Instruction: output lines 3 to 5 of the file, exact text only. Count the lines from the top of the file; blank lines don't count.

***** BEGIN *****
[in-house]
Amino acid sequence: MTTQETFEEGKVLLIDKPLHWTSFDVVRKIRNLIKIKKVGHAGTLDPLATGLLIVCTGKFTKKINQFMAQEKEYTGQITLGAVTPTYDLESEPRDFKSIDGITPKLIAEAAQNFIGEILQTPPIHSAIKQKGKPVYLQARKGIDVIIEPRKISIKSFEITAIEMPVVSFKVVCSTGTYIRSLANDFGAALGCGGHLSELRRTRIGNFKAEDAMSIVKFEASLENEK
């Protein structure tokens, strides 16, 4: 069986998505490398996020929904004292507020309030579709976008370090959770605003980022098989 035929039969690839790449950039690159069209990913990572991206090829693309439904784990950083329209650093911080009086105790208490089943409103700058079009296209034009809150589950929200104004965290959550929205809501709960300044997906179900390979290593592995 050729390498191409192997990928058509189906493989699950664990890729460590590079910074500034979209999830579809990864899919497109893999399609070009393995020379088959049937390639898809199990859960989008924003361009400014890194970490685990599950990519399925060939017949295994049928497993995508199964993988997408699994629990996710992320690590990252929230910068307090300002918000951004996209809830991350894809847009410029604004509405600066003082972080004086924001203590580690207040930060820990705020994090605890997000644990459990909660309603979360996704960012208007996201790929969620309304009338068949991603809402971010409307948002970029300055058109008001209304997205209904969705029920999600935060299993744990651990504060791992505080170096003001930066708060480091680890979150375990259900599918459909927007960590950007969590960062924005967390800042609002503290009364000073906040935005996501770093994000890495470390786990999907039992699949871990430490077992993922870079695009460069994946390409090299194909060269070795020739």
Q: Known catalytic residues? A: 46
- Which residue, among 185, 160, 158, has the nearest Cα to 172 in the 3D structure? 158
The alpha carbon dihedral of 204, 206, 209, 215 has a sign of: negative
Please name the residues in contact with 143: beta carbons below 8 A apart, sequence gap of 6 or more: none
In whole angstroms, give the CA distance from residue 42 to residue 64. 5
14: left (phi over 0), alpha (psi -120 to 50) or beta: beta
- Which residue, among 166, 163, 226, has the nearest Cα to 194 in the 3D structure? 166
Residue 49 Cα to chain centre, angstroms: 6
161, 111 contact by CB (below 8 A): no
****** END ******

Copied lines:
């Protein structure tokens, strides 16, 4: 069986998505490398996020929904004292507020309030579709976008370090959770605003980022098989 035929039969690839790449950039690159069209990913990572991206090829693309439904784990950083329209650093911080009086105790208490089943409103700058079009296209034009809150589950929200104004965290959550929205809501709960300044997906179900390979290593592995 050729390498191409192997990928058509189906493989699950664990890729460590590079910074500034979209999830579809990864899919497109893999399609070009393995020379088959049937390639898809199990859960989008924003361009400014890194970490685990599950990519399925060939017949295994049928497993995508199964993988997408699994629990996710992320690590990252929230910068307090300002918000951004996209809830991350894809847009410029604004509405600066003082972080004086924001203590580690207040930060820990705020994090605890997000644990459990909660309603979360996704960012208007996201790929969620309304009338068949991603809402971010409307948002970029300055058109008001209304997205209904969705029920999600935060299993744990651990504060791992505080170096003001930066708060480091680890979150375990259900599918459909927007960590950007969590960062924005967390800042609002503290009364000073906040935005996501770093994000890495470390786990999907039992699949871990430490077992993922870079695009460069994946390409090299194909060269070795020739």
Q: Known catalytic residues? A: 46
- Which residue, among 185, 160, 158, has the nearest Cα to 172 in the 3D structure? 158